ZFS snapshots are great for rolling backups. Say, we have
tank/home mounted at
/home. Then a simple
zfs snapshot tank/home@TIMESTAMP will give a backup accessible at
/home/.zfs/snapshot/TIMESTAMP. However, there is a problem when a user set too lax permissions on some file and corrects this error only after the snapshot has been made. The file will still be readable by the wrong people in the snapshot, and all the user can do is wait until the snapshot is destroyed (which happens via cron job as a part of the rolling backup scheme).
chmod go-rwx /home/.zfs/snapshot/TIMESTAMP/* would help, but snapshots are read-only. I came up with the following solution:
chmod o-rwx /home/.zfs/snapshot zfs snapshot tank/home@snap-TIMESTAMP zfs clone tank/home@snap-TIMESTAMP tank/clone-TIMESTAMP zfs set mountpoint=/root/tmp tank/clone-TIMESTAMP chmod go-rwx /root/tmp/* zfs set readonly=on tank/clone-TIMESTAMP zfs set mountpoint=/backup/TIMESTAMP tank/clone-TIMESTAMP
Now the backup can be accessed in a read-only manner by users at
/backup/TIMESTAMP, and it has the modified permissions.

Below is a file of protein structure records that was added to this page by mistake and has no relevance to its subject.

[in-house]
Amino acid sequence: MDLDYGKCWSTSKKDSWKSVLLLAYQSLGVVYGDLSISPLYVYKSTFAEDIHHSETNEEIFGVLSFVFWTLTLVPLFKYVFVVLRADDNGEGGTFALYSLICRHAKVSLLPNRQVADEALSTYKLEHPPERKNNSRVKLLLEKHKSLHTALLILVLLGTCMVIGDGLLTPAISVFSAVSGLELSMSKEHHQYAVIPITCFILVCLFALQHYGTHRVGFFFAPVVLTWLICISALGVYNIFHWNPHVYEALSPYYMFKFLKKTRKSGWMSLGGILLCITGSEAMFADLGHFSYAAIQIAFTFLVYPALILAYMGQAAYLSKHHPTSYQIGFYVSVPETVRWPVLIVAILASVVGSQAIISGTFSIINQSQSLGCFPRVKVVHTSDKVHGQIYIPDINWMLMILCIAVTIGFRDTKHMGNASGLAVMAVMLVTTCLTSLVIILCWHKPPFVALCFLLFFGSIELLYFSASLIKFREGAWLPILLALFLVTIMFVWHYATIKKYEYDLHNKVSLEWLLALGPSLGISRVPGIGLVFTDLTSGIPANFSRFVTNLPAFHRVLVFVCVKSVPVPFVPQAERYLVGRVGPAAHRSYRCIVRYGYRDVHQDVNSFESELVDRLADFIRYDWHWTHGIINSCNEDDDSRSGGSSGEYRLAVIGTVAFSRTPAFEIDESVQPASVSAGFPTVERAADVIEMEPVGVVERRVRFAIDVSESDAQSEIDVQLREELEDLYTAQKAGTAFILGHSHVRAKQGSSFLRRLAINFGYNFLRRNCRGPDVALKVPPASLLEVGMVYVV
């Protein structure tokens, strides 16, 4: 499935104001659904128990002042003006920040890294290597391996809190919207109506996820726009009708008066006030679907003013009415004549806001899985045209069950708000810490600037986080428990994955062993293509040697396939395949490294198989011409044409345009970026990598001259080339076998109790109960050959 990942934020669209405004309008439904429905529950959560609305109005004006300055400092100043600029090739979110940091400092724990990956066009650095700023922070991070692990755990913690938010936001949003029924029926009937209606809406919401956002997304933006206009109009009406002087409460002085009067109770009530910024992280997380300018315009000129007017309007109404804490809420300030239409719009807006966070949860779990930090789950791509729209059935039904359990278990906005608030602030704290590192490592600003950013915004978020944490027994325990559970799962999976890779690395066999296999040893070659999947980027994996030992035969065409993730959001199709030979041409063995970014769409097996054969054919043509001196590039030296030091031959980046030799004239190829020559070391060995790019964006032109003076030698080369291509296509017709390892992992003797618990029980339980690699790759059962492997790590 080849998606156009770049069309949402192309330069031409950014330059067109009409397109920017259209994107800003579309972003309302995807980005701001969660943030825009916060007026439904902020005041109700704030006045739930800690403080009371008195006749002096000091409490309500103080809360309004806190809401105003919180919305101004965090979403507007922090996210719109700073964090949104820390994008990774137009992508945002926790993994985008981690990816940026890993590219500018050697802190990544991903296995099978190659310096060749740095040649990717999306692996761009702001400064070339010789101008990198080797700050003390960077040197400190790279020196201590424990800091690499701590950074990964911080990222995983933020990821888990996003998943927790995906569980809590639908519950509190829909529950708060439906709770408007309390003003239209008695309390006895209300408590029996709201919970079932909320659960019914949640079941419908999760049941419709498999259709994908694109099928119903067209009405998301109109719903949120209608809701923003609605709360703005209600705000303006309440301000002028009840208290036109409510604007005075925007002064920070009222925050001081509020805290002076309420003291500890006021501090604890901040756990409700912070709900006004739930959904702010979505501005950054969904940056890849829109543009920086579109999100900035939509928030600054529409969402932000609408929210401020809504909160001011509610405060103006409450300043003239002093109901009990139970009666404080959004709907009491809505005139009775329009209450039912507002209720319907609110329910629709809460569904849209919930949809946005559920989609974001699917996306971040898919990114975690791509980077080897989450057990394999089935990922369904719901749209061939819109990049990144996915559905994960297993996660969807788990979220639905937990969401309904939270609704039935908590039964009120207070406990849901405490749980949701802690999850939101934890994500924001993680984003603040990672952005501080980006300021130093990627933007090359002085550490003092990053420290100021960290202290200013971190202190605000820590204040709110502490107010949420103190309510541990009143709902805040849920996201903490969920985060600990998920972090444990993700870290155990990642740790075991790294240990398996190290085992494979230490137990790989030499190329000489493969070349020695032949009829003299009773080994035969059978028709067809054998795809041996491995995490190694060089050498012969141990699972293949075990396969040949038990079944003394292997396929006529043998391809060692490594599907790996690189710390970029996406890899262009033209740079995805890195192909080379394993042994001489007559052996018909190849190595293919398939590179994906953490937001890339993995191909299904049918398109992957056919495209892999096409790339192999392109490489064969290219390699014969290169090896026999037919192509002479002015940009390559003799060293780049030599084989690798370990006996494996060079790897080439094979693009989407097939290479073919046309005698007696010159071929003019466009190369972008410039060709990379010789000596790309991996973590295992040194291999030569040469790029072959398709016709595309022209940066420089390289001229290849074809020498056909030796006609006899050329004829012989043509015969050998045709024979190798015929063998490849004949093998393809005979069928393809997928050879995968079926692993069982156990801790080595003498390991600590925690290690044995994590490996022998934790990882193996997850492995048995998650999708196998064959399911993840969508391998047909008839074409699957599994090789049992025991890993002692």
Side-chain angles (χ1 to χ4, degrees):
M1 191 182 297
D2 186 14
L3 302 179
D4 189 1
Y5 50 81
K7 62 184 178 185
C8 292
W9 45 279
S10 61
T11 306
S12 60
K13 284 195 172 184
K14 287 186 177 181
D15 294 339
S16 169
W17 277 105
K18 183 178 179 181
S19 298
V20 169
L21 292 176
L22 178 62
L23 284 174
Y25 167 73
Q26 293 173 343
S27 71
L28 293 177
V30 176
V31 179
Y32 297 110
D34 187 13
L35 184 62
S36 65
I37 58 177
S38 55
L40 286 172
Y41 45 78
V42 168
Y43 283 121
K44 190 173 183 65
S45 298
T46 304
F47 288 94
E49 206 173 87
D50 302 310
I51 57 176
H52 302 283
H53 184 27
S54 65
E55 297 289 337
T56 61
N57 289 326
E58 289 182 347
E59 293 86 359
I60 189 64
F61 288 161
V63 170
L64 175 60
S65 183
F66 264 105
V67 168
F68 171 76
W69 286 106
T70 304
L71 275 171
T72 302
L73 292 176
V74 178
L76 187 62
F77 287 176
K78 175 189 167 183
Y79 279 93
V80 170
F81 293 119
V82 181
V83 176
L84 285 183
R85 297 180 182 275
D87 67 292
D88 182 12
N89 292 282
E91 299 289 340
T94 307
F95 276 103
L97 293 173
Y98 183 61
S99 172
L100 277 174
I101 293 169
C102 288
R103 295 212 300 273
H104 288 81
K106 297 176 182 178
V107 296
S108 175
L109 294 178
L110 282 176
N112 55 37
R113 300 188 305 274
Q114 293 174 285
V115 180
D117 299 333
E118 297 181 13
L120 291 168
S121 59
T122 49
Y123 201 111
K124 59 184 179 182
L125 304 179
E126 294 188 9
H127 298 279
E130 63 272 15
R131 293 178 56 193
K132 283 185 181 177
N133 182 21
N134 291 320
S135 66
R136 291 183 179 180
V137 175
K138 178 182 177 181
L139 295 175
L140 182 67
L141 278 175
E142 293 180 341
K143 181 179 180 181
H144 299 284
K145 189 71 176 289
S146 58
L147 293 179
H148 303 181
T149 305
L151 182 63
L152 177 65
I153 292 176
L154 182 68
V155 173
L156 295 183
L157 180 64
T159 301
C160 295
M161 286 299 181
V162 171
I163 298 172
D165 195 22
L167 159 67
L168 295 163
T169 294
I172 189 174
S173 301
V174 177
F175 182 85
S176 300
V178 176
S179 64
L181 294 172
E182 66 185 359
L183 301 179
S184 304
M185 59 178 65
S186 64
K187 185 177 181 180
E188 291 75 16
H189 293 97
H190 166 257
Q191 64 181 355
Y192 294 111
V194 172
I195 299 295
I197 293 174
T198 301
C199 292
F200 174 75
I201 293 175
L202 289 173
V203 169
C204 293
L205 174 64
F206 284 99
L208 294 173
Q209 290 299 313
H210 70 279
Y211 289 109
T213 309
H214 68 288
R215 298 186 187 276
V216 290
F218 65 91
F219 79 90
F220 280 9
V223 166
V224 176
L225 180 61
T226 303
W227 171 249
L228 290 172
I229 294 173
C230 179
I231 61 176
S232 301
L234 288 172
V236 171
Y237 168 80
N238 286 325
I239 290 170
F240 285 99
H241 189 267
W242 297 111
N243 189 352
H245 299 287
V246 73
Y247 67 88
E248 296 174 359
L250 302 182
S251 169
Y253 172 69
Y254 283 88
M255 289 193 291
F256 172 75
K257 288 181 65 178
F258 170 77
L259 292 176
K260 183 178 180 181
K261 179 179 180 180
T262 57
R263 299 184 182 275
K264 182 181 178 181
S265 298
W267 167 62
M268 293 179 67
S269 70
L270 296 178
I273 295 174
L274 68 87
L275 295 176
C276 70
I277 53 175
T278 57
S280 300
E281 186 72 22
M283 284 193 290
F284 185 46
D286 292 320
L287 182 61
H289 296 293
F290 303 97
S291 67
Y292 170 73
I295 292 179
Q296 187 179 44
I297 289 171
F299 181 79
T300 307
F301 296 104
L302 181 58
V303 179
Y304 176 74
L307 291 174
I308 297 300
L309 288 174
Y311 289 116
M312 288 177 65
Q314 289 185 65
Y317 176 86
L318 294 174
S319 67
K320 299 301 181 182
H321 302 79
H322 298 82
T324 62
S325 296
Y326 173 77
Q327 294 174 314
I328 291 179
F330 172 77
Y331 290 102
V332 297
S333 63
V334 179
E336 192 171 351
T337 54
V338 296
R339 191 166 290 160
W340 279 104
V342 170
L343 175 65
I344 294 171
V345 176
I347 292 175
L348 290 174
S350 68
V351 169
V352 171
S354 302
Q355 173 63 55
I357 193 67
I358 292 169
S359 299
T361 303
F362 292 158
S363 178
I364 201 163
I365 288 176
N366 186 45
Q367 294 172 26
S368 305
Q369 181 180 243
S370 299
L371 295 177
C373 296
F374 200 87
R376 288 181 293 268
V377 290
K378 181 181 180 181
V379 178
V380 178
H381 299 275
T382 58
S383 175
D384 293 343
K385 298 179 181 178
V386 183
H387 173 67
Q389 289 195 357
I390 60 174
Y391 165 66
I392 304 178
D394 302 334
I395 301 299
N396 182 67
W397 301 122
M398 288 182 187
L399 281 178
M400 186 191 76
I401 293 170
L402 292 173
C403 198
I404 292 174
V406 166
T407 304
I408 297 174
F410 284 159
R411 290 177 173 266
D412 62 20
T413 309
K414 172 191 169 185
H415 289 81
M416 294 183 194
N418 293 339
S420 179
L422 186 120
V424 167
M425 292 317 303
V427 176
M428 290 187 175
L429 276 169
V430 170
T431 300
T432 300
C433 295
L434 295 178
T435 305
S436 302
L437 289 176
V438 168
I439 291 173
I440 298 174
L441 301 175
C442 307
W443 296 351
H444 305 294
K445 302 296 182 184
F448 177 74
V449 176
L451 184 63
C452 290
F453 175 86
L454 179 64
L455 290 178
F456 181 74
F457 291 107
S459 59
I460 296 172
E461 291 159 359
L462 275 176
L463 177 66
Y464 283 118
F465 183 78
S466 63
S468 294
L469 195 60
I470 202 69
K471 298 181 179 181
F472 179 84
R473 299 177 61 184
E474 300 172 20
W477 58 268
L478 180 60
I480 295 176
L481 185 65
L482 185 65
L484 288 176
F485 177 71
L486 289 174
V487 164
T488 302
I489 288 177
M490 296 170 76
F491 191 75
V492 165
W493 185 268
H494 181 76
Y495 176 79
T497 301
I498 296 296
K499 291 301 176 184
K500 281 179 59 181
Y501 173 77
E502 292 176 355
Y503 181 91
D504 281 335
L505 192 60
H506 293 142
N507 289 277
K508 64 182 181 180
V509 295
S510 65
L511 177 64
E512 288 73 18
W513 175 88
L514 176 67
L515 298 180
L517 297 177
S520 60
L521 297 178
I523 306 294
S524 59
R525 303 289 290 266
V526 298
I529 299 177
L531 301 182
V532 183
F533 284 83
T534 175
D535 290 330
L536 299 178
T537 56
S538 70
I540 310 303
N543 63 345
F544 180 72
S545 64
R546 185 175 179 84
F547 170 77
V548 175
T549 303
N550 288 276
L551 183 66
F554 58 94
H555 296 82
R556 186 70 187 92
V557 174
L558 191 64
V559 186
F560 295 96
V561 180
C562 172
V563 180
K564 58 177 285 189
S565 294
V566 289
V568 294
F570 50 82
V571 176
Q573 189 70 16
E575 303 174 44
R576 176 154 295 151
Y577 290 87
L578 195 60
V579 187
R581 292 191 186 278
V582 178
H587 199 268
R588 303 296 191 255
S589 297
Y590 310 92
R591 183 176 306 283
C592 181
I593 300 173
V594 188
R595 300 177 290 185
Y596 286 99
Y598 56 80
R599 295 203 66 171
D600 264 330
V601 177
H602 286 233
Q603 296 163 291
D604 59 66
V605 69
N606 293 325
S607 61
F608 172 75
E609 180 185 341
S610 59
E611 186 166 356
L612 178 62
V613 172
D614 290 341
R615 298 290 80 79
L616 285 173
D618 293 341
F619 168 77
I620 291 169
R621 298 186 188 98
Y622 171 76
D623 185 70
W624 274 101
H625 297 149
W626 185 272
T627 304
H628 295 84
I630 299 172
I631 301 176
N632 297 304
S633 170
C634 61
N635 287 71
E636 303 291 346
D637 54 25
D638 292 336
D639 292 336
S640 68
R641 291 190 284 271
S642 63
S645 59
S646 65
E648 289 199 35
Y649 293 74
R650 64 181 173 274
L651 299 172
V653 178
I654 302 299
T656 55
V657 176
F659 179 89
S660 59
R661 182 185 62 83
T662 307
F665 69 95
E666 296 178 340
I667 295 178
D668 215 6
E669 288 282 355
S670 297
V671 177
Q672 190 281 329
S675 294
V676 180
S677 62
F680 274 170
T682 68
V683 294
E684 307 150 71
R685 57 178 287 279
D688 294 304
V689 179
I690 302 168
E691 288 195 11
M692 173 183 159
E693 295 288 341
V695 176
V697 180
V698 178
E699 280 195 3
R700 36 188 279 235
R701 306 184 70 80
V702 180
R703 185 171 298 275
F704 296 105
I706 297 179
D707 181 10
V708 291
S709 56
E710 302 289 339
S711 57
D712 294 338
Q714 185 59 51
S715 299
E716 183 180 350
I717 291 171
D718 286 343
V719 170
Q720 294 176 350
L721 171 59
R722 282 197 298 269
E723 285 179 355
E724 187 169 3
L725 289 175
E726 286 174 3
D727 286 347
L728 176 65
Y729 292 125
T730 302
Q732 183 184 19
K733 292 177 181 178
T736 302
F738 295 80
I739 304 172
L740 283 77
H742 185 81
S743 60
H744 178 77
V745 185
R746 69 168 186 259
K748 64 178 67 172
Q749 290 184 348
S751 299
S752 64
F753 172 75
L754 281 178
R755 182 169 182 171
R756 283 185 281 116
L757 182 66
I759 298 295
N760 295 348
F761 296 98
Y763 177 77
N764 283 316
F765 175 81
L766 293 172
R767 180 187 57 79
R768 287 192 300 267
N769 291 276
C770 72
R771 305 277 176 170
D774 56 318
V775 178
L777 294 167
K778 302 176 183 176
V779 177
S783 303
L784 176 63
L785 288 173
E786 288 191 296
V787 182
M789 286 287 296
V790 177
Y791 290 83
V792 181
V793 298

At least one problem with this is that the permissions on
/home/.zfs/snapshot will be back to world-readable after a reboot. Can this behavior be changed? We cannot destroy the snapshot, since the clone depends on it.
A much simpler solution is, of course, to store the current permissions of the home directories, then run
chmod go-rwx /home/*, take the snapshot, and finally restore the permissions. This brings a number of race conditions, though.
Any better ideas?
Addendum: I have now settled for one dataset per user. So each user has her snapshots in
~/.zfs/snapshot. This is not a 100% solution. If a user has
0701 on her home directory, e.g., to make
~/public_html work, then still an attacker can read a file in a snapshot which had the wrong permissions at the time when the snapshot was taken. However, at least the user can now "pull the plug" in an emergency by making her home directory
Changing ownership and permissions of each
~/.zfs would be a better solution, but such changes do not survive a reboot. The appropriate chowns and chmods could be run at startup, but this needs to be implemented carefully in order not to create a short period in which files are still exposed.